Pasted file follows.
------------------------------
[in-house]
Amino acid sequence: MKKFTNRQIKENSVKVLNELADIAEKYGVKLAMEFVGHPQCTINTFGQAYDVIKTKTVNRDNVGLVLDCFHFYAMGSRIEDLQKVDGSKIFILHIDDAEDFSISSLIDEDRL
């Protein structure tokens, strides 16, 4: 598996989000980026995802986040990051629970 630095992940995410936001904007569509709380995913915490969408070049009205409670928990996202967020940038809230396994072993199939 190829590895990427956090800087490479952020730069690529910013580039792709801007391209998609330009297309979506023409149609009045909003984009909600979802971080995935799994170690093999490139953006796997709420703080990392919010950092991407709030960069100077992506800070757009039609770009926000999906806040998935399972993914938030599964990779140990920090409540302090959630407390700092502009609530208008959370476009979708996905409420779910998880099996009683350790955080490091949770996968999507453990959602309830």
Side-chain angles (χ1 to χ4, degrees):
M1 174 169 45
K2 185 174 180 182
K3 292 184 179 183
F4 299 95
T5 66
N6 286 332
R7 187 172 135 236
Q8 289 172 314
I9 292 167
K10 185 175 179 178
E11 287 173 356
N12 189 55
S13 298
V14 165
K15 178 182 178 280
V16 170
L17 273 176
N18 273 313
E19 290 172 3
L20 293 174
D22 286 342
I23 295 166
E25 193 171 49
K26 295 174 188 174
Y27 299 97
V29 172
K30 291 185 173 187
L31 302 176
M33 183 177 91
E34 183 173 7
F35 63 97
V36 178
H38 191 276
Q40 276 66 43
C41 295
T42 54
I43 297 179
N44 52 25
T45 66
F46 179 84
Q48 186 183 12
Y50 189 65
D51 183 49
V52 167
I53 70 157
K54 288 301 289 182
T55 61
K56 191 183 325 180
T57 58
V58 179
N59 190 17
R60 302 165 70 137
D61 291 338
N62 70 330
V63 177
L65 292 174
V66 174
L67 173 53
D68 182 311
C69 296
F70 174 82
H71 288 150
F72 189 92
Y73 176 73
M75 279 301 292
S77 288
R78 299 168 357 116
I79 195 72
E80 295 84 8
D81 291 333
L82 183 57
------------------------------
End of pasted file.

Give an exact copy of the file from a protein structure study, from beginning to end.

[in-house]
Amino acid sequence: MKKFTNRQIKENSVKVLNELADIAEKYGVKLAMEFVGHPQCTINTFGQAYDVIKTKTVNRDNVGLVLDCFHFYAMGSRIEDLQKVDGSKIFILHIDDAEDFSISSLIDEDRL
């Protein structure tokens, strides 16, 4: 598996989000980026995802986040990051629970 630095992940995410936001904007569509709380995913915490969408070049009205409670928990996202967020940038809230396994072993199939 190829590895990427956090800087490479952020730069690529910013580039792709801007391209998609330009297309979506023409149609009045909003984009909600979802971080995935799994170690093999490139953006796997709420703080990392919010950092991407709030960069100077992506800070757009039609770009926000999906806040998935399972993914938030599964990779140990920090409540302090959630407390700092502009609530208008959370476009979708996905409420779910998880099996009683350790955080490091949770996968999507453990959602309830």
Side-chain angles (χ1 to χ4, degrees):
M1 174 169 45
K2 185 174 180 182
K3 292 184 179 183
F4 299 95
T5 66
N6 286 332
R7 187 172 135 236
Q8 289 172 314
I9 292 167
K10 185 175 179 178
E11 287 173 356
N12 189 55
S13 298
V14 165
K15 178 182 178 280
V16 170
L17 273 176
N18 273 313
E19 290 172 3
L20 293 174
D22 286 342
I23 295 166
E25 193 171 49
K26 295 174 188 174
Y27 299 97
V29 172
K30 291 185 173 187
L31 302 176
M33 183 177 91
E34 183 173 7
F35 63 97
V36 178
H38 191 276
Q40 276 66 43
C41 295
T42 54
I43 297 179
N44 52 25
T45 66
F46 179 84
Q48 186 183 12
Y50 189 65
D51 183 49
V52 167
I53 70 157
K54 288 301 289 182
T55 61
K56 191 183 325 180
T57 58
V58 179
N59 190 17
R60 302 165 70 137
D61 291 338
N62 70 330
V63 177
L65 292 174
V66 174
L67 173 53
D68 182 311
C69 296
F70 174 82
H71 288 150
F72 189 92
Y73 176 73
M75 279 301 292
S77 288
R78 299 168 357 116
I79 195 72
E80 295 84 8
D81 291 333
L82 183 57